So sometimes these dislocations – you have to remember, sometimes dislocations are what create the opportunities for us. But we do want to be clear, we did not do as well in that event-driven equities area during that roughly six-week period, and if anything that is, you know, that drives us a little bit harder.

Kenneth B. Worthington - JP Morgan

Great. Sales, they are really good this quarter. In terms of the sales cycle, how long is it these days and maybe how has the sales cycle changed from prior to the credit crisis? Is it taking, you know, eight months of dialogue to kind of close business in existing products, is it taking two months to a year and a half like, you are driving really good sales, you know, how long is it taking to actually close these – this business?

Daniel Saul Och

Well, if you ask how long versus before the crisis, the number one difference is that a lot of our investments before the crisis came from fund to fund, as you know from the allocation. And so that was – for us that was a shorter process because they were investors with us and then hopefully each month and each quarter they would add and if that underlying investor took them one month or six months or two years, it didn’t really make a difference to us. These days as you have seen from the numbers we show, you know, Joel can give you if someone wants them, the allocations tend to be more direct.

And, you know, that is we think overall that has benefits, but it means that our process tends to be – however, we have to remember those are constantly on balance. So, they are investors that take several months, they are investors that take several years. We have investors, people internationally, who we first me before the financial crisis and they have recently done things with us. That maybe because they have changed they way they are looking at hedge funds that may in a lot of cases because they have changed the way they are looking at Och-Ziff and what we do.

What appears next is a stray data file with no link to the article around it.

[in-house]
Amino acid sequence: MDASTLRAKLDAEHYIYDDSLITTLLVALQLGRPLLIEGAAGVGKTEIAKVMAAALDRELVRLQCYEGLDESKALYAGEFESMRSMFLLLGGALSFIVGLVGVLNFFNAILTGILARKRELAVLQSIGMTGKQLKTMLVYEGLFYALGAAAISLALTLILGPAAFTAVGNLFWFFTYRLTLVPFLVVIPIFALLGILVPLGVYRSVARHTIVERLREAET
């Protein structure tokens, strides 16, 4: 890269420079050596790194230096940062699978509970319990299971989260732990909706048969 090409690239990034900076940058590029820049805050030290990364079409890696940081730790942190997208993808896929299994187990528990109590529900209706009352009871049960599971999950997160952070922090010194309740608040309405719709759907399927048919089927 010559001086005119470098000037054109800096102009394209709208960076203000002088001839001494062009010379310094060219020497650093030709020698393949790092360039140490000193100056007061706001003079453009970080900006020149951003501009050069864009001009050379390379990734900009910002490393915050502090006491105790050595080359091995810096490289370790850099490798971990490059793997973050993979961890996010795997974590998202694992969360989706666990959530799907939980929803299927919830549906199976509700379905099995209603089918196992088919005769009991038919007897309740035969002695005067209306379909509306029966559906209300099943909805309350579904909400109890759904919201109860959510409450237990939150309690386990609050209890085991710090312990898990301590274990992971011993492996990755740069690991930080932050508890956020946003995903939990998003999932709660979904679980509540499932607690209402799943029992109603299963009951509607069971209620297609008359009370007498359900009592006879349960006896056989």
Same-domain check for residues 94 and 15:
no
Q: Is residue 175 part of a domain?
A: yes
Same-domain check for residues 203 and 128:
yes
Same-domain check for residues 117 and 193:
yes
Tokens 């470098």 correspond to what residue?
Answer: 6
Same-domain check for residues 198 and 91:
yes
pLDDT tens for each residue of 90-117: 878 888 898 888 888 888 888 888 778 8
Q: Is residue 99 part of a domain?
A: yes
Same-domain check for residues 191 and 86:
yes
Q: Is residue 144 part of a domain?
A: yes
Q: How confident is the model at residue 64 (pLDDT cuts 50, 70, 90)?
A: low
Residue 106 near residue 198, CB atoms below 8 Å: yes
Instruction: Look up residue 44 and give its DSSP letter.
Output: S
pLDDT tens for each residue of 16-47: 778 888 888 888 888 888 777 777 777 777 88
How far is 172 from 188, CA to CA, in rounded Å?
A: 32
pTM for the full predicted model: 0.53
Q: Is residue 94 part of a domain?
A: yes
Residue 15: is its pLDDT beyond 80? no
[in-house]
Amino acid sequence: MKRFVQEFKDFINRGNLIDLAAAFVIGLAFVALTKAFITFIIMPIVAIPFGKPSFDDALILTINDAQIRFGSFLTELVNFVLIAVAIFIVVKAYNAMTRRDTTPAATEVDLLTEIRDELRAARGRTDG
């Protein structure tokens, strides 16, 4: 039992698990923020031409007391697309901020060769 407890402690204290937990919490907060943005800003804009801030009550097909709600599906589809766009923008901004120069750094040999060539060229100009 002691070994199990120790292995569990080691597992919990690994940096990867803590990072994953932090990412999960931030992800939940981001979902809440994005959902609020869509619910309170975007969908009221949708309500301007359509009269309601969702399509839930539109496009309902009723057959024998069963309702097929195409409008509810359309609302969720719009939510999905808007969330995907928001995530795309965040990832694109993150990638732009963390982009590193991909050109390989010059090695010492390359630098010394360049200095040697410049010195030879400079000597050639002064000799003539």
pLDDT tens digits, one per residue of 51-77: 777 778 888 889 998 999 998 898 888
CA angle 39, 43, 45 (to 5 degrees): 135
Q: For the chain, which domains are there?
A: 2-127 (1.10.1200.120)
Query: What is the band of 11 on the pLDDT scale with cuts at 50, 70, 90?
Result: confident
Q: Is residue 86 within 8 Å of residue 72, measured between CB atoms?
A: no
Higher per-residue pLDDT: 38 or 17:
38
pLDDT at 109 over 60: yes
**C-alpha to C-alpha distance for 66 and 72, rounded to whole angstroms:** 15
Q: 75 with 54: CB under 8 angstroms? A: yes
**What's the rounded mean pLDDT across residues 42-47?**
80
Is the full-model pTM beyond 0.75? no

So it can be – and it can be all over. I think the key is that more than ever investors understand what we do here, why it is a value to them, why this idea of being a multiproduct solutions provider is very good for them regardless of who we are. It strengthens all of our products and all of our capabilities and the ability of the areas to work together. If you never invest in any of our real estate products we still benefit if you are in the multi-strategy fund.

If you never invest in our European products, you still benefit from the fact that we have it. I mean that is something that is unique to our culture and something that has been very important in our multi-strategy funds for 20 years and it has become very important as a multiproduct alternative manager over the past 5 to 7 years.

Joel Martin Frank

And I think that’s a very important point in relation to a longer due diligence process, give them the ability to really understand everything Dan said from soup to nuts, who we are, how we do it, and what the capabilities that we have are. So I think that process being long is actually a benefit to us.

Kenneth B. Worthington - JP Morgan

Okay, great. And then just lastly, and in terms of the incentive income and this is for Joel, you highlighted the tax distributions, and also the longer term investments, when we think about the tax side of it, I assume that is going to be a first-quarter thing that we will see more often going forward, was that the majority of it, was it a smaller part, I’m just trying to size it so I can think about, you know, 1Qs and 15, 16 and 17 and so on?

Joel Martin Frank

I mean it is a combination of it, but most of it relates to the longer term assets, you know, what happens obviously over a period of time is we have generated a lot of earnings and obviously the distributions relate to the incentive generated from that, but it is more of, you know, related to the diversification of our business, the growth in our business, timing changes. You know, obviously the majority of the incentive is still year-end, however, what this shows you is different types of products, different structures. So it's really more related to the longer term assets, and as I said to Bill earlier as we can and if we can give you more guidance on that we will try to help you model that out.

Kenneth B. Worthington - JP Morgan

Perfect, thanks. The color was very helpful. Thank you very much.

Operator

Your next question comes from the line of Robert Lee with KBW. Please proceed.

Robert Lee – KBW